1959 Volvo PV544

I met Arthur in 1977.

It was on a beautiful day and I was traveling down California's Pacific Coast Highway on my motorcycle headed to Huntington Beach for a bit of body surfing. As I was passing through Surfside/Sunset Beach, there he was, sitting on the shoulder with a "For Sale" sign in the window.

It wasn't like I was looking for a 1959 Volvo PV544. In fact, I'd much rather have found, and been able to afford, my "dream car," a Volvo 1800, just like Roger Moore drove on the TV series "The Saint." But, I was interested in finding an "old Volvo," partially influenced by a reference to them in my reading of "Laurel's Kitchen," or "Laurel's Bread Book." In one of those books, or an article about them, they mentioned their baker friend, Alan Scott, and how they all shared an interest in old Volvos. It was quite a few years later when I read "The Bread Builders" by Alan Scott and Daniel Wing that I found out this was the same Alan and that he used his Volvo 122 to make the deliveries from his bakery. I knew what a 122 looked like but thought that the PV544 was much cooler. I'd also seen a few Volvo Duetts running around and they out-cooled the PVs but were actually pretty rare.

So, there, sitting alongside the highway, was this 1959 PV544, styled after a three-quarter-size 1942 Ford, looking both retro and forlorn, .

I copied down the phone number and later that day, after a fine time in the surf, I drove back down to the car and I met the owner's boyfriend. He said that his girlfriend was getting a differnet car and this one needed to go. She'd been commuting in it and it ran fine. He also said that the cylinder head had been done 10,000 miles previously. We made the deal, about $800.00, and I took Arthur to his new home in Long Beach. I can't rememeber who went with me to double drive back though.

Arthur acquired his name after a few events of bad luck befell him, like the hapless protagonist in "The Hitchhikers Guide to the Galaxy," Arthur Dent. I was driving on Cherry Avenue in Long Beach when a guy turned left in front of me and I slamed on the brakes but we collided anyway. The car he was driving was not his and he had no insurance. I surmised that I wouldn't be getting blood out of this turnip and didn't want to hang around since this wasn't an upscale part of town so I srugged it off. Arthur ended up with a small dent in the front right fender and a dent in the right headlight surround. At some point later I was working on the car in my driveway and it rolled back and the open driver's side door got caught on something and over-extended its opening radius, damaging the sheet metal on the door and the front left fender. Sigh.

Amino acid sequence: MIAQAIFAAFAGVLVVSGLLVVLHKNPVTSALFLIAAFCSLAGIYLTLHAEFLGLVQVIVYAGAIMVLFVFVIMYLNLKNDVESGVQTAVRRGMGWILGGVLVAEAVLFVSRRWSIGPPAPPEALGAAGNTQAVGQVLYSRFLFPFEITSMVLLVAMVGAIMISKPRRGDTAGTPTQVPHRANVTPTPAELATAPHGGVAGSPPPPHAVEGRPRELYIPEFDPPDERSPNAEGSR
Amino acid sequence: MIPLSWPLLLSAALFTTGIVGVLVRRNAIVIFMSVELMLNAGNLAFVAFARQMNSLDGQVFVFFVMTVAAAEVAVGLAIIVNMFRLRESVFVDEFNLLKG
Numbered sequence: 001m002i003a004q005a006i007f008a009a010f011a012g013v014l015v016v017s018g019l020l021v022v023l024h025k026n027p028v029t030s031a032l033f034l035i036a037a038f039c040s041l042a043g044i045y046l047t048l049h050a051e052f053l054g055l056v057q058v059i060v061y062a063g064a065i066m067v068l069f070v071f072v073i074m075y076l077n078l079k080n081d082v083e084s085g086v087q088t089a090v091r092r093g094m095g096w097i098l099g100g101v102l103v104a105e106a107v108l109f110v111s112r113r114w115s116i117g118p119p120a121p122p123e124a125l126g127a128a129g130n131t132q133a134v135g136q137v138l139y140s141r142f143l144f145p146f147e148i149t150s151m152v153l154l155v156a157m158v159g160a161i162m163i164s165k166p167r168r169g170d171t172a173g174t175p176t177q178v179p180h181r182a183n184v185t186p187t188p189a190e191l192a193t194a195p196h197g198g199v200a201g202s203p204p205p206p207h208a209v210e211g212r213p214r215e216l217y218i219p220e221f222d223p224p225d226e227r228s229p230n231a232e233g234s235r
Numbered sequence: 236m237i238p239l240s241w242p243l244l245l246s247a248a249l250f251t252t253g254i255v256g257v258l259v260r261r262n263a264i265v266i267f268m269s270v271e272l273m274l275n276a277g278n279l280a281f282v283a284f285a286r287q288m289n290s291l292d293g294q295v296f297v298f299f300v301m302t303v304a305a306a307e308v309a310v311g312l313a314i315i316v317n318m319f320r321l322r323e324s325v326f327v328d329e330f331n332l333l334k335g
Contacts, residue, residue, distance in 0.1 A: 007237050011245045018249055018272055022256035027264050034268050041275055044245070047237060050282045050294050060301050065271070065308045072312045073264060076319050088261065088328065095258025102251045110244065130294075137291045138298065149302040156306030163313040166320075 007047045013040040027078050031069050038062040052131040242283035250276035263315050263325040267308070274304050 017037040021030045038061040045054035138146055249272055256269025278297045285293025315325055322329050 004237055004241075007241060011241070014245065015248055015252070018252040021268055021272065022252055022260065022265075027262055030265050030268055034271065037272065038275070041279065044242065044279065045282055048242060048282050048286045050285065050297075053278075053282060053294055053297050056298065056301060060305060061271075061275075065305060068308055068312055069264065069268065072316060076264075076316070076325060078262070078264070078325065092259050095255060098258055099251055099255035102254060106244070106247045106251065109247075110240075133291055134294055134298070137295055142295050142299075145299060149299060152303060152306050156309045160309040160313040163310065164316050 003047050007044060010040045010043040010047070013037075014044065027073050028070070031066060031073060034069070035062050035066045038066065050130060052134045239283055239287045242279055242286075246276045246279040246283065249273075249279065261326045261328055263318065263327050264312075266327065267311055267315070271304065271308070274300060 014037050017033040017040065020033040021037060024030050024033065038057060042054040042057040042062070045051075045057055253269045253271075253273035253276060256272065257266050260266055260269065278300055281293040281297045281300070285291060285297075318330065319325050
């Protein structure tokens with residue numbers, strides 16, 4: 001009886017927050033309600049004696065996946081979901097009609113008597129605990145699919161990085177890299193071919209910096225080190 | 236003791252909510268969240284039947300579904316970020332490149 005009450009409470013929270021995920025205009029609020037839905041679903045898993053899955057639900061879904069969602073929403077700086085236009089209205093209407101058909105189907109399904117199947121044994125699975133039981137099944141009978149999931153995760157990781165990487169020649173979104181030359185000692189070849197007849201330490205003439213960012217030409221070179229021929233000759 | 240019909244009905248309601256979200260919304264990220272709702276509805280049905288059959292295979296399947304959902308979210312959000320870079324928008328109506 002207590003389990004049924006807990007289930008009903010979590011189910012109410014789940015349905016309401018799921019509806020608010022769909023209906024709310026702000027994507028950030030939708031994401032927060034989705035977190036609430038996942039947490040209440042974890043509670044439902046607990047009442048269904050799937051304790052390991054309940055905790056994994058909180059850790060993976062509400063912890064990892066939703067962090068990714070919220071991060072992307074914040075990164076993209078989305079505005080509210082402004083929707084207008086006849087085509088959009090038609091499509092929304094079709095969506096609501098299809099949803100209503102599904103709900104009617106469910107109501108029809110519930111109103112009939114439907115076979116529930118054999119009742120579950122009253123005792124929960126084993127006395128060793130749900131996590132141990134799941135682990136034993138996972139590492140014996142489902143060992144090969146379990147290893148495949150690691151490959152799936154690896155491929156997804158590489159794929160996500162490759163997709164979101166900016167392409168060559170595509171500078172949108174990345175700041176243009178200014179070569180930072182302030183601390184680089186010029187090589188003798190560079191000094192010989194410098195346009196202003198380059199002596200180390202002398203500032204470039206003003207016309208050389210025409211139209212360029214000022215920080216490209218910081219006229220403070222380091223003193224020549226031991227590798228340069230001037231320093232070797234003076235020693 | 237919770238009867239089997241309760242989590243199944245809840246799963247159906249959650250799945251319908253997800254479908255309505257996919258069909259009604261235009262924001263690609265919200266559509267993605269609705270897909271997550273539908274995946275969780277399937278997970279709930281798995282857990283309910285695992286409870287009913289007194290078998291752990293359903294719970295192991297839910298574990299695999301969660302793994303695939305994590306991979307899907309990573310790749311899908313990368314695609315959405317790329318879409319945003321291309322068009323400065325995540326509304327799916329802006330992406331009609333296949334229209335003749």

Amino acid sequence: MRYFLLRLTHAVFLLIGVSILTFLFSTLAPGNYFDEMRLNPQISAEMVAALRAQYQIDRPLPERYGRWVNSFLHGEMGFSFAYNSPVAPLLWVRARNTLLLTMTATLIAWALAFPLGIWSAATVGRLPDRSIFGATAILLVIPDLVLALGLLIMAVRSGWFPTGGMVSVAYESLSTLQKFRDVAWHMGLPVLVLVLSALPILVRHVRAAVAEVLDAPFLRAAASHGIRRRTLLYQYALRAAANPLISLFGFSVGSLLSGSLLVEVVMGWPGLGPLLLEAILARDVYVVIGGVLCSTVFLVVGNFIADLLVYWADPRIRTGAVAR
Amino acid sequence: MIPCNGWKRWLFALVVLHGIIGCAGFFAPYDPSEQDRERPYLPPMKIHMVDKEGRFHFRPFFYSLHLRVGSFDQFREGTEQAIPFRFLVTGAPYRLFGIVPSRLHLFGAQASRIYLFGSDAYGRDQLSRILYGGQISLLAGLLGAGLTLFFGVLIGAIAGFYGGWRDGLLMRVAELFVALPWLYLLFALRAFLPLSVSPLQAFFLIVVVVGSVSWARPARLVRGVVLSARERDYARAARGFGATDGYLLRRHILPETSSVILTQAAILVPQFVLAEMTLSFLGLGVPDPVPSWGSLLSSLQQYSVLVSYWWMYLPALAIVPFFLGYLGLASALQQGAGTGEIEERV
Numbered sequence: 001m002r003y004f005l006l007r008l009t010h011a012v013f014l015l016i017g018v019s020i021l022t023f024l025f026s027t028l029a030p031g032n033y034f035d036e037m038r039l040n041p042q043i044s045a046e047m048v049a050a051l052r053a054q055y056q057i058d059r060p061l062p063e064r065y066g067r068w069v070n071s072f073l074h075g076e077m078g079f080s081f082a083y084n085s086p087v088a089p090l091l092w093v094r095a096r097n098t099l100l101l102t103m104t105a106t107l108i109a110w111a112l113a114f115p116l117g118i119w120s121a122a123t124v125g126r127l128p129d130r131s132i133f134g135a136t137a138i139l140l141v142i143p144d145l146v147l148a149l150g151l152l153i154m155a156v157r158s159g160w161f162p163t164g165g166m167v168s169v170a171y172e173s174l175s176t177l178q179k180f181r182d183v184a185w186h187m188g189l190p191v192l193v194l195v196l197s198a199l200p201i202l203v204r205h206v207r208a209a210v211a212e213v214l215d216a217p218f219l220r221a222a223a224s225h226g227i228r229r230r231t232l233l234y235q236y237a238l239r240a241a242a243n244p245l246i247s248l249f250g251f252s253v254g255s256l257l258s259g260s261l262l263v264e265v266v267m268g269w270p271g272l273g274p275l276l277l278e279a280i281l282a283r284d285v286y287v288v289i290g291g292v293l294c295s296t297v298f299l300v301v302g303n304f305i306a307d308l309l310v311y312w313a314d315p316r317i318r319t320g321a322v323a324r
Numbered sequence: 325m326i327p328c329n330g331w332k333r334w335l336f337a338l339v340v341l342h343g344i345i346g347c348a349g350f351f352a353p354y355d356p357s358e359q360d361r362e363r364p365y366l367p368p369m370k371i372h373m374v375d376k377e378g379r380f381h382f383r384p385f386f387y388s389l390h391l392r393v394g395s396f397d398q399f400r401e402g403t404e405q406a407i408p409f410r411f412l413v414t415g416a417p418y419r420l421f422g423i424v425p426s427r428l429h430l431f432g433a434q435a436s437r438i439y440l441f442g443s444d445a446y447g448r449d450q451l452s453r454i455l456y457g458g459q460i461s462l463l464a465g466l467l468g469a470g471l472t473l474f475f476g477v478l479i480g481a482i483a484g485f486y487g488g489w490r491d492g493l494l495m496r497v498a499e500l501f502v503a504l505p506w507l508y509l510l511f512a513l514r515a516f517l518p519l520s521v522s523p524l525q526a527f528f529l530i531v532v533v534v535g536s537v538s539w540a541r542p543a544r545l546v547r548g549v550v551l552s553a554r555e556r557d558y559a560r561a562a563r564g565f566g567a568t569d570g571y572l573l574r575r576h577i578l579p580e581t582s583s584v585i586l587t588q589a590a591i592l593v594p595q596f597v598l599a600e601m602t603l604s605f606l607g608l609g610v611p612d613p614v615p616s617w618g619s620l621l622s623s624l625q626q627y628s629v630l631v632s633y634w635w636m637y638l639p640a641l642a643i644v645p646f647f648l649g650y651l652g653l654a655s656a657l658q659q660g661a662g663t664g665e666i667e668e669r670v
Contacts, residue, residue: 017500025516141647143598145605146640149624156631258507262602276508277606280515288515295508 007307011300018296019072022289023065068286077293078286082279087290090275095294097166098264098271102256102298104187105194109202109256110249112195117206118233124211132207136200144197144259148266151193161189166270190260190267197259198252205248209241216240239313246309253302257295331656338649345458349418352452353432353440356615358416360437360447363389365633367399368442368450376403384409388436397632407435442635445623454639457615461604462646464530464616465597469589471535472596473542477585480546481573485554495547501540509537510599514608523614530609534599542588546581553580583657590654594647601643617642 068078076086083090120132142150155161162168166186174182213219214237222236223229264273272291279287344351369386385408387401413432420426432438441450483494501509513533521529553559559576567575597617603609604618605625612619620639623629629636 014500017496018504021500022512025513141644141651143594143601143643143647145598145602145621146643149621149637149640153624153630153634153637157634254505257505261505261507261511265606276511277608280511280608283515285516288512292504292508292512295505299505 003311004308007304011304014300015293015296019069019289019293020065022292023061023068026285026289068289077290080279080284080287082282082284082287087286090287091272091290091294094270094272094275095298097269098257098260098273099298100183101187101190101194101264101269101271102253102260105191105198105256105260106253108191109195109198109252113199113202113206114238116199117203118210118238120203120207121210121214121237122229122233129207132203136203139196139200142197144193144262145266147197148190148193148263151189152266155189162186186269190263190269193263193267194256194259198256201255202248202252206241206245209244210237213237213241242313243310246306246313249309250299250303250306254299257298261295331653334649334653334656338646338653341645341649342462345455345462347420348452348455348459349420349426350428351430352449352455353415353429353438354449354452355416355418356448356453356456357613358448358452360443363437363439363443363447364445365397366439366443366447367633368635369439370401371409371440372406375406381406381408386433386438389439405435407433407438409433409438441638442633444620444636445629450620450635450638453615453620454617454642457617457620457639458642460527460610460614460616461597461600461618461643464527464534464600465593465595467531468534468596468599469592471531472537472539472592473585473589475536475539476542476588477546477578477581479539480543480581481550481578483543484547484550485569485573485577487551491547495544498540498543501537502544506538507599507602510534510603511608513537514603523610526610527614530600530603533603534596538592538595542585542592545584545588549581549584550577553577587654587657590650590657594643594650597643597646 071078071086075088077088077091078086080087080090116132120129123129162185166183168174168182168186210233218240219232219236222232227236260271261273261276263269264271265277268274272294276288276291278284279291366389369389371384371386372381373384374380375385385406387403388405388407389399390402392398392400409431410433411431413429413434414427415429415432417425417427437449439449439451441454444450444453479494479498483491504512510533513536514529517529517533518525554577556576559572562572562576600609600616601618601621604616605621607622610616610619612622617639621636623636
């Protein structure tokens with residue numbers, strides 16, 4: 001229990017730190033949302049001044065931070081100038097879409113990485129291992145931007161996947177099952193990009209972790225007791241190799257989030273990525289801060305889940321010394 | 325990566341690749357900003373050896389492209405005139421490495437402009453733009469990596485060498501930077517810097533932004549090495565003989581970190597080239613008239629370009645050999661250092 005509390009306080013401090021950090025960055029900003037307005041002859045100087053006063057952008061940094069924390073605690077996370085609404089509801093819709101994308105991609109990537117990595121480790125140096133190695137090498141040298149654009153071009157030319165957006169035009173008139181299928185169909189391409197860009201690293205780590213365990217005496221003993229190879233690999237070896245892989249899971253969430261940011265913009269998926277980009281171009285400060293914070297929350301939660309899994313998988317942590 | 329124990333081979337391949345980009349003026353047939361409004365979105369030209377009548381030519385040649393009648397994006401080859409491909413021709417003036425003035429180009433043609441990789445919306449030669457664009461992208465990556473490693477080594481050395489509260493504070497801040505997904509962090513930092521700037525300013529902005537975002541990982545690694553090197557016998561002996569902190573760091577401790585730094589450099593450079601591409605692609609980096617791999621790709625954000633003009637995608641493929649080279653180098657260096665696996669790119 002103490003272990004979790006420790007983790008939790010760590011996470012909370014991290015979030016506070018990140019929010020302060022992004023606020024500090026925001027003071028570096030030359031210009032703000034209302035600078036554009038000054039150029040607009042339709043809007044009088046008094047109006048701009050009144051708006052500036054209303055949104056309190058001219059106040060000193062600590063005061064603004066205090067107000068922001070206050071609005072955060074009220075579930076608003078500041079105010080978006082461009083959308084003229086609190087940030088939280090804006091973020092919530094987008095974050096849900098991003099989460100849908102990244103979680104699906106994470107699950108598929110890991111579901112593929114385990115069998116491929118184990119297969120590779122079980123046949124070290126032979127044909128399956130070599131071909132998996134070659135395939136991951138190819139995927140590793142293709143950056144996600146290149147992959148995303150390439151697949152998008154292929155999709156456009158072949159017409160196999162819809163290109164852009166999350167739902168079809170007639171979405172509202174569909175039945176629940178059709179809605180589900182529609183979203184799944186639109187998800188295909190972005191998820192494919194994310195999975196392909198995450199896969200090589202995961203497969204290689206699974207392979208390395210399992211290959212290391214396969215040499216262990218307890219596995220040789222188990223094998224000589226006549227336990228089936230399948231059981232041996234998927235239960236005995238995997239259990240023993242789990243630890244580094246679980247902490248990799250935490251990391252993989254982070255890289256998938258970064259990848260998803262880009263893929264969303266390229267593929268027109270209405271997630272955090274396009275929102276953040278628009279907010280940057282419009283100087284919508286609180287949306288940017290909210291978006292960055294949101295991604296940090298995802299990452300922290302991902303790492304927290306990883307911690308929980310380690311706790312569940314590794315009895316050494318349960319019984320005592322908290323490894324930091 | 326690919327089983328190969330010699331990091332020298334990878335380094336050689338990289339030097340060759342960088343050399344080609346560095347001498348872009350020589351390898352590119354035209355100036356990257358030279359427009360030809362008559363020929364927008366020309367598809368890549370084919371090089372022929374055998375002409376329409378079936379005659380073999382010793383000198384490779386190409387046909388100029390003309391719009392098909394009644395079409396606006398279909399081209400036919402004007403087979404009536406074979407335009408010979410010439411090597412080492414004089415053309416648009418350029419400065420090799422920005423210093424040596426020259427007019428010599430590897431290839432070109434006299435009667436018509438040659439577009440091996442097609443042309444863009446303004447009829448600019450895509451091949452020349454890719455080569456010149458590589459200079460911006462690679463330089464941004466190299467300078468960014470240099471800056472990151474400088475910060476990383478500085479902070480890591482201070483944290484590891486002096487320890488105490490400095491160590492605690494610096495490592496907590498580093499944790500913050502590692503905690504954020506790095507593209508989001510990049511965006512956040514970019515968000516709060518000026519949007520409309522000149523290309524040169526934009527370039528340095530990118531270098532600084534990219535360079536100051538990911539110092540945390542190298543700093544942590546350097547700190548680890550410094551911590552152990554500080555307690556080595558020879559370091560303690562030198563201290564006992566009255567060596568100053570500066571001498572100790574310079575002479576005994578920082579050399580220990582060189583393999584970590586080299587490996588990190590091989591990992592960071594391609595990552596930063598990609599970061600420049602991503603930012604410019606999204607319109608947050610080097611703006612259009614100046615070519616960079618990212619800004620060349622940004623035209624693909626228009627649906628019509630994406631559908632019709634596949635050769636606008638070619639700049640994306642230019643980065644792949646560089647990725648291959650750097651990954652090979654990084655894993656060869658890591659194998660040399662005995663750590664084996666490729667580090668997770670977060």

It was fun to drive but needed some work, such as a functional choke. To start the car you had to lift the hood, lift the choke levers manually, start it, lower the levers and close the hood. However, it was my daily driver for going to work and to school. On one occassion I actually drove it on the freeways up to Hollywood to go to Freestyles Sales to buy photography supplies. It was great.

The first 3 photos on the page show the car parked in front of my garage behind the apartment building I lived in on Stanley Ave. in Long Beach. Sometimes I would keep him the garage because I also had my 1970 Ford Maverick and my 1976 Honda CB750 motorcycle. Parking on the street was always at a premium so I was fortunate to have a garage and parking spot. It was within the next year that I moved a few miles to the east into a duplex on Bennett Ave. and Arthur moved too. I was looking for a photo of that place with the car also in it and found this one shown on the right. It appears that Arthur needed a tow. That's my company truck leading his way and the place I lived in shown in the background behind the Volvo.

I think it was in 1983 that I moved again, this time just down the street into the first house that my girlfriend, now my wife, and I bought. We were still driving Arthur for work and fun. When her car broke down she drove Arthur to her job in Fullerton every day for while, a 58 mile round trip. We also drove it to the drive-in theater since it was so comfortable. We'd push the front seats all the way forward and sit in the back. It was great fun. That's Arthur parked in the driveway of our house in September 1983 shown on the left. Notice that by this time he'd acquired his personalized license plate, "A DENT."